The delay in the ratification of the Articles of Confederation was caused by the insistence of Maryland that all states give up their western land claims to the central government.  The reason for this was that states like Maryland that had no western land claims would have to rely on taxation to pay off their war debts rather than on their ability to sell land.  On the heels of the American Revolution, which many viewed as caused by excessive taxation, raising taxes was a dubious proposition.  The ceding of western land claims to the central government resulted in one of the most positive successes of the Articles.  The Land Ordinance of 1785 established a system of survey and sale that allowed the Confederation government a source of income without having to requisition states.  Land was surveyed according to a “township system” which divided land into six mile square “townships.”  Each township was then subdivided into thirty-six “sections”, each being one mile square and consisting of six hundred and forty acres.  Land was to be sold by sections for a dollar an acre.  This method of sale put the purchase of land out of the reach of most common settlers who could not muster six hundred and forty dollars necessary to purchase a section.  As a result most of the land was bought by land speculation companies that then subdivided each section into smaller, more affordable parcels.  On the heels of this success came the Land Ordinance of 1787, commonly known as the Northwest Ordinance.  The Ordinance provided that the Northwest Territory would be divided into no fewer than three or no more than five states, with five states ultimately being created.  It also provided the specific stages that territories had to go through to become states, a process that most, though not all, subsequent states followed.  The Northwest Ordinance also provided that a “Bill of Rights” must be included in the constitutions of the territories seeking statehood.  The ordinance also banned slavery in the Northwest Territory and contained provisions for the support of public education.  Thus, the Confederation Congress achieved considerable success in the management of western lands.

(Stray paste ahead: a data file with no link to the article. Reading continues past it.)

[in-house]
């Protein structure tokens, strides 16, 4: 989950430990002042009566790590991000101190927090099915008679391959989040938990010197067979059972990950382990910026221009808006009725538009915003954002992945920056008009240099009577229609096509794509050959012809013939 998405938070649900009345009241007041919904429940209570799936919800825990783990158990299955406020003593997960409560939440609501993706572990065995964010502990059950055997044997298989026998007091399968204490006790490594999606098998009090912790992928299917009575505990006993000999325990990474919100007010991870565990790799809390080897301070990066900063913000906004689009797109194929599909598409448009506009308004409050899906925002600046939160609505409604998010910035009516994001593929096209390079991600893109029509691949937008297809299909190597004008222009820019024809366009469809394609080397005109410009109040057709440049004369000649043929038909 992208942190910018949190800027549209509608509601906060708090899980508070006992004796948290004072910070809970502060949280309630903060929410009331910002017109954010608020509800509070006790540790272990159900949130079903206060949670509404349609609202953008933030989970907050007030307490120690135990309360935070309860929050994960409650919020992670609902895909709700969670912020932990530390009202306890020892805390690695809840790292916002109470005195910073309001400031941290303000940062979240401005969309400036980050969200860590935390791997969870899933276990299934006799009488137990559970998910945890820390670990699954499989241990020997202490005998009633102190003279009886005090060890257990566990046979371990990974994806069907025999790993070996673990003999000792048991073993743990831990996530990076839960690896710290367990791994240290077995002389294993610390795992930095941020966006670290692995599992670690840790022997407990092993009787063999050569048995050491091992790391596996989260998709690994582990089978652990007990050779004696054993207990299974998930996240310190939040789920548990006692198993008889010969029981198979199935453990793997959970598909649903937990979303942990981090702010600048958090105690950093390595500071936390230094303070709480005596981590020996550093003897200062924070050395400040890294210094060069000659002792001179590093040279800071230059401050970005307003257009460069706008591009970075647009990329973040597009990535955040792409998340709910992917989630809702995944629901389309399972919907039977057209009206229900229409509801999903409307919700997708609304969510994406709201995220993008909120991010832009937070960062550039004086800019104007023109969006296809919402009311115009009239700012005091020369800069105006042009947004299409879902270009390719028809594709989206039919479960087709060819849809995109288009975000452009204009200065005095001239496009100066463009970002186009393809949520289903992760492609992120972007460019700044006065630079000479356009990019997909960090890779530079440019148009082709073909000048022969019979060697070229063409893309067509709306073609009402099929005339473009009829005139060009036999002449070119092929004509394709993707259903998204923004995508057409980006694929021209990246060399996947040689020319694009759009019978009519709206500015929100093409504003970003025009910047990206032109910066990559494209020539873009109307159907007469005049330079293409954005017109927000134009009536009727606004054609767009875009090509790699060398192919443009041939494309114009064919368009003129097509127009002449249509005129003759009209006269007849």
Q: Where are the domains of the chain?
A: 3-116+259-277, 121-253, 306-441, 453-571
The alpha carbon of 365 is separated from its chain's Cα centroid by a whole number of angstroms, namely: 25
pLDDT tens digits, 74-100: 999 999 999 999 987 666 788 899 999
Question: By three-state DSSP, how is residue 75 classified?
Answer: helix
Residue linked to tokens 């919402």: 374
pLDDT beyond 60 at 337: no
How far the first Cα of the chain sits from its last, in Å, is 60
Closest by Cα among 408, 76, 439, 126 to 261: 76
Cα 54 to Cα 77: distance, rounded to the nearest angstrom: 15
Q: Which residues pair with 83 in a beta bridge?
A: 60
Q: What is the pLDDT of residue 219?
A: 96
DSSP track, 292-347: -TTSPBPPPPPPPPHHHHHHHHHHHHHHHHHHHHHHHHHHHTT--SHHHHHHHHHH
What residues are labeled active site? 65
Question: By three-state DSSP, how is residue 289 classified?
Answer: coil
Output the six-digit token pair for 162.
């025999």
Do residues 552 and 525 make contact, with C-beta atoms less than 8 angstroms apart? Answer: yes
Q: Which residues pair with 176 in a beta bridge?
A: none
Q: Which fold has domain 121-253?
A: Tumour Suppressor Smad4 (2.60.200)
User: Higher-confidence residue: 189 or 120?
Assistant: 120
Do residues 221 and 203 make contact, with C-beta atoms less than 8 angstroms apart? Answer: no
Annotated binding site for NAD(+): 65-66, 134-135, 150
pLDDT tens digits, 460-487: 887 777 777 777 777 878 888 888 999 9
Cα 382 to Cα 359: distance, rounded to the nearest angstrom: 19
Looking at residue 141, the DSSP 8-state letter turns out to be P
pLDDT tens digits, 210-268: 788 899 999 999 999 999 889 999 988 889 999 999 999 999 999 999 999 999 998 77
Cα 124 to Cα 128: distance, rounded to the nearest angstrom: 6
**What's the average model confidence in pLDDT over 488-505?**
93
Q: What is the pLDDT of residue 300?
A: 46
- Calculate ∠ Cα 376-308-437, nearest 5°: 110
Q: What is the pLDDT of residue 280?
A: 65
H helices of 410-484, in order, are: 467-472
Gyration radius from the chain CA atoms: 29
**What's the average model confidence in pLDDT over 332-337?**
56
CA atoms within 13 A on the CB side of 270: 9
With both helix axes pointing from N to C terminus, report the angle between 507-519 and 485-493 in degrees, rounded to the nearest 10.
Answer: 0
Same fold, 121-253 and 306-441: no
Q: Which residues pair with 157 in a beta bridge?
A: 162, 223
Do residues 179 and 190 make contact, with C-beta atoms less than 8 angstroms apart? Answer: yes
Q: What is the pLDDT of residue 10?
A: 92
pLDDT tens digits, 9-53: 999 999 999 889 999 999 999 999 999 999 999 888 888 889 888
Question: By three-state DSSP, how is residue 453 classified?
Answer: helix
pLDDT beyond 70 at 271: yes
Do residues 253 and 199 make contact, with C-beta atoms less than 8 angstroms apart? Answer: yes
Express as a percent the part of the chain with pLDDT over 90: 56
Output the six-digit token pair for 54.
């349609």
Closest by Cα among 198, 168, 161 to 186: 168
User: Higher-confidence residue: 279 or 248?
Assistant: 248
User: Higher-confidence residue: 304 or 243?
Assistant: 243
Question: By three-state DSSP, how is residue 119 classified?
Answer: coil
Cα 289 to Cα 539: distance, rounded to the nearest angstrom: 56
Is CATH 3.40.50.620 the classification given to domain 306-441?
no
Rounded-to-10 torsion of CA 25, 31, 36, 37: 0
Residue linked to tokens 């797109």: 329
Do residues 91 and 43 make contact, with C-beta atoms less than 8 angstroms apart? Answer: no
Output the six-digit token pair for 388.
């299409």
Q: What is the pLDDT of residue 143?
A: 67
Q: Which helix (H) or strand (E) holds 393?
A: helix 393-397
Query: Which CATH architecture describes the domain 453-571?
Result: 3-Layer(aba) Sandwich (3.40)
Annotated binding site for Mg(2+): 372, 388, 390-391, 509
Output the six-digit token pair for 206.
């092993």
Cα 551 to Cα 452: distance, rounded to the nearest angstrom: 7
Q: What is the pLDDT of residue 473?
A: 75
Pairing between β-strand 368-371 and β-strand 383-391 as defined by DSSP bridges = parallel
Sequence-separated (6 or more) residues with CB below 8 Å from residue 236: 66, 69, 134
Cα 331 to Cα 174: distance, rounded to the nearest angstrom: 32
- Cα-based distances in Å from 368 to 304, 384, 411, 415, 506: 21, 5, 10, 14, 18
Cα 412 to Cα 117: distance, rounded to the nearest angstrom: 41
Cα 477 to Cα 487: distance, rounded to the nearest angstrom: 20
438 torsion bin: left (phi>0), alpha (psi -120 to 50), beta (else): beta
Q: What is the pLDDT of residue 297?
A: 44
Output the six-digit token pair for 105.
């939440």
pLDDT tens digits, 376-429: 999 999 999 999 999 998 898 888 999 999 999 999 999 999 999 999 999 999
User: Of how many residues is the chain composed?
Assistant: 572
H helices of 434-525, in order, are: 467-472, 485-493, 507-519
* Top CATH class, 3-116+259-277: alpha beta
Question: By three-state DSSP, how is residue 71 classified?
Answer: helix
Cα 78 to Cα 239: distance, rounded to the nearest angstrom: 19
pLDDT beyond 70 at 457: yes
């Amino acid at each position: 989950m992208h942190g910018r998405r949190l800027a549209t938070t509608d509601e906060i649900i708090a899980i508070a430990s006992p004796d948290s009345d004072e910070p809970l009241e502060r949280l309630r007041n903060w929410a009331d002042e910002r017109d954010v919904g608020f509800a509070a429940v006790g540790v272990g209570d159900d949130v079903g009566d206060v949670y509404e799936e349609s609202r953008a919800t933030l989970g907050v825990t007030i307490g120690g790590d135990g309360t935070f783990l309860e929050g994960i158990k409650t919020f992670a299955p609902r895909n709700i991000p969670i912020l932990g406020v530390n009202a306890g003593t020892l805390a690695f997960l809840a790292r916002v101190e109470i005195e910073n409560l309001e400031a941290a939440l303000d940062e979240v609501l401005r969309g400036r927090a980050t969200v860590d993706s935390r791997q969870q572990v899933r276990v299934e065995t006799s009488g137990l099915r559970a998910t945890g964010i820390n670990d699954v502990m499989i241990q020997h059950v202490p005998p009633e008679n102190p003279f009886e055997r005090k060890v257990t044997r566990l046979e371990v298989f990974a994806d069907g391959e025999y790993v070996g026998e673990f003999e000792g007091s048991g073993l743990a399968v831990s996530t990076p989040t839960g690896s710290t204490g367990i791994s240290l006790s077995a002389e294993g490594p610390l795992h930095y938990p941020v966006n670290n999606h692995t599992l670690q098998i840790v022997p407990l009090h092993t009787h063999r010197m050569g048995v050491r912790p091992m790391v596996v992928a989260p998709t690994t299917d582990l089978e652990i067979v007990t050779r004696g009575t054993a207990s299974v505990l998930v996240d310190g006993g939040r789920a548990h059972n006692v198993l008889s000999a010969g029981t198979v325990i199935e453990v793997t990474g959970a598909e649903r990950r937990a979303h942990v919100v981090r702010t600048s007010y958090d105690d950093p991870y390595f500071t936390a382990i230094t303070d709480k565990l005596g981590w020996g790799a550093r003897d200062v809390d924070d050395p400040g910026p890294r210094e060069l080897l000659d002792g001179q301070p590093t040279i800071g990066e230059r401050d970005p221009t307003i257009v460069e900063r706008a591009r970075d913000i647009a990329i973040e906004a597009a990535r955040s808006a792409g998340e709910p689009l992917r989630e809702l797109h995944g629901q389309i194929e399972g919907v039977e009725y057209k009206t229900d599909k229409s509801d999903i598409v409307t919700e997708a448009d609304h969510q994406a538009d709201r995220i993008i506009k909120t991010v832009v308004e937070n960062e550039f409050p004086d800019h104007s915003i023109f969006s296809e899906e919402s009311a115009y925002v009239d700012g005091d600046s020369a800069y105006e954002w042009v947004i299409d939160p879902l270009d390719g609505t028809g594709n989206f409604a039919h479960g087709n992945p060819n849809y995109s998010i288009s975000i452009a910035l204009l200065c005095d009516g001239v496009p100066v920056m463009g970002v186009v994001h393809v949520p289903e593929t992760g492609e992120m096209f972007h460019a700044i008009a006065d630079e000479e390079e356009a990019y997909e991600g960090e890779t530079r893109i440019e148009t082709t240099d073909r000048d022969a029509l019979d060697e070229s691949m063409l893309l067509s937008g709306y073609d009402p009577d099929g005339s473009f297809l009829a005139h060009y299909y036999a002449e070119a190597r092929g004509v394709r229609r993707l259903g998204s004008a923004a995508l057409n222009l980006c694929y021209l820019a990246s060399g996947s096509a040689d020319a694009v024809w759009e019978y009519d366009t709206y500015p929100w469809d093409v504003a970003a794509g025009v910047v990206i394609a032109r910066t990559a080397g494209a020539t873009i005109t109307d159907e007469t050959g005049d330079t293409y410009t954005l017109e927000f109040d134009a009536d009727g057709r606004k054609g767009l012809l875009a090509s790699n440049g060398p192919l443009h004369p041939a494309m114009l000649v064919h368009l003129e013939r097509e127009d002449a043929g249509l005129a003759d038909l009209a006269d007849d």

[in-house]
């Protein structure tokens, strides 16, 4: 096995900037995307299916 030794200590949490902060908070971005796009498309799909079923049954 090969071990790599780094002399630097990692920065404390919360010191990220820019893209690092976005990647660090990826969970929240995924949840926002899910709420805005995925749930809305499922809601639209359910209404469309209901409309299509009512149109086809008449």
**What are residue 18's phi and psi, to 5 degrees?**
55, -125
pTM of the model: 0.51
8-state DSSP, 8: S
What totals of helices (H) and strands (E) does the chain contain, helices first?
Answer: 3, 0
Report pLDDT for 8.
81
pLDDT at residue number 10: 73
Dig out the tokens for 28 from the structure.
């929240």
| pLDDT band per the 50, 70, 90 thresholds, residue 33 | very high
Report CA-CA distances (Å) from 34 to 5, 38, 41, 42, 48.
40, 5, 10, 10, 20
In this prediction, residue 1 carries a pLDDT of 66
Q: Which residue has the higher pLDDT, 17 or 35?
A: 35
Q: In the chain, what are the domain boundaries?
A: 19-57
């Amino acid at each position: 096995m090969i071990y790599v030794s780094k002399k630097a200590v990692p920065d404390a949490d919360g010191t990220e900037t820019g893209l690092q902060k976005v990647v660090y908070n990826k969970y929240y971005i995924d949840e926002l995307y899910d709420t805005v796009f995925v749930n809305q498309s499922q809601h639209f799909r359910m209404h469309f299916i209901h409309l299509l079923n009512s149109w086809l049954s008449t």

The delay in the ratification of the Articles of Confederation was caused by the insistence of Maryland that all states give up their western land claims to the central government.